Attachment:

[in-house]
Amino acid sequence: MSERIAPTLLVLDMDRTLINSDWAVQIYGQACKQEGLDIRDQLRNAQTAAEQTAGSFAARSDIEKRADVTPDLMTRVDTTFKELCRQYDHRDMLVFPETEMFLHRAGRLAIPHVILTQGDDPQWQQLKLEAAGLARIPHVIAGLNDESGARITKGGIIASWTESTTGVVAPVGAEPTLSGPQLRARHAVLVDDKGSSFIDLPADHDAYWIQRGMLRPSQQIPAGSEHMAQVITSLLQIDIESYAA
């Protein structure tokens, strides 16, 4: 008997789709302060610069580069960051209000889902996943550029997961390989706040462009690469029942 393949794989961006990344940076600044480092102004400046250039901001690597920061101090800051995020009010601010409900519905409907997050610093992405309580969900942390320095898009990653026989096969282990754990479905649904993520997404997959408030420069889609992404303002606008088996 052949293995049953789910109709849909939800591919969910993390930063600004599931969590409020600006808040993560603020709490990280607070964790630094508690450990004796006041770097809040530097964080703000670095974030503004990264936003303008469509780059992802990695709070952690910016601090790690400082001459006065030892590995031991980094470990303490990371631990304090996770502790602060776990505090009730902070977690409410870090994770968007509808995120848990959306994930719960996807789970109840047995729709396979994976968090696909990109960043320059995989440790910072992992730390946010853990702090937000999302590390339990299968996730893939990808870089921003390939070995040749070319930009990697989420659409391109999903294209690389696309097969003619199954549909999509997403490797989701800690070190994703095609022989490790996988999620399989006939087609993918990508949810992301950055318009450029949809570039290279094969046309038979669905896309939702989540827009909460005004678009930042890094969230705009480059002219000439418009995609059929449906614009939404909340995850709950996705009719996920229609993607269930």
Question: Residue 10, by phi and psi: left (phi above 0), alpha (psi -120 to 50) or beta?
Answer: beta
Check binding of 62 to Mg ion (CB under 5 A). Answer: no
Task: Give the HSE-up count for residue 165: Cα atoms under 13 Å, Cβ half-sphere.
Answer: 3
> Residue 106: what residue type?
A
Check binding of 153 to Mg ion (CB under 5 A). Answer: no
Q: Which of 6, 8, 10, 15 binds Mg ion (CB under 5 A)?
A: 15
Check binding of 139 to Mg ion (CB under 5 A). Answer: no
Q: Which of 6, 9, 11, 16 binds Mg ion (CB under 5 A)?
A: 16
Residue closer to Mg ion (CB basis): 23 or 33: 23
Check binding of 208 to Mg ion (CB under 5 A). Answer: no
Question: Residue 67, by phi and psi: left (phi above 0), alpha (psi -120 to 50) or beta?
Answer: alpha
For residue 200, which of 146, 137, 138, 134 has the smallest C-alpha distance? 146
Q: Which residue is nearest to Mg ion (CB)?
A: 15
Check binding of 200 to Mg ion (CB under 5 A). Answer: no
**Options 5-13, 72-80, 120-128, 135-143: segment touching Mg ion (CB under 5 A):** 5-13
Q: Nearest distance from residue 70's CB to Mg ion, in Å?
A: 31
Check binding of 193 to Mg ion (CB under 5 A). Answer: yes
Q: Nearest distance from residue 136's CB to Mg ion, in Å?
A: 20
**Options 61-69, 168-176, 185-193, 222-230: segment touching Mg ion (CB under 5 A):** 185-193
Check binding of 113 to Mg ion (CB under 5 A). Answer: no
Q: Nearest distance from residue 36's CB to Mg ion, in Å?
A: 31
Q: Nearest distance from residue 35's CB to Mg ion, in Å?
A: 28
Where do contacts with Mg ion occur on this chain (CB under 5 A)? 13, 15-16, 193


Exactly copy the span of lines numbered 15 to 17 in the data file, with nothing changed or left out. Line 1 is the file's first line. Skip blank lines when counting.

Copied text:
Q: Which of 6, 9, 11, 16 binds Mg ion (CB under 5 A)?
A: 16
Residue closer to Mg ion (CB basis): 23 or 33: 23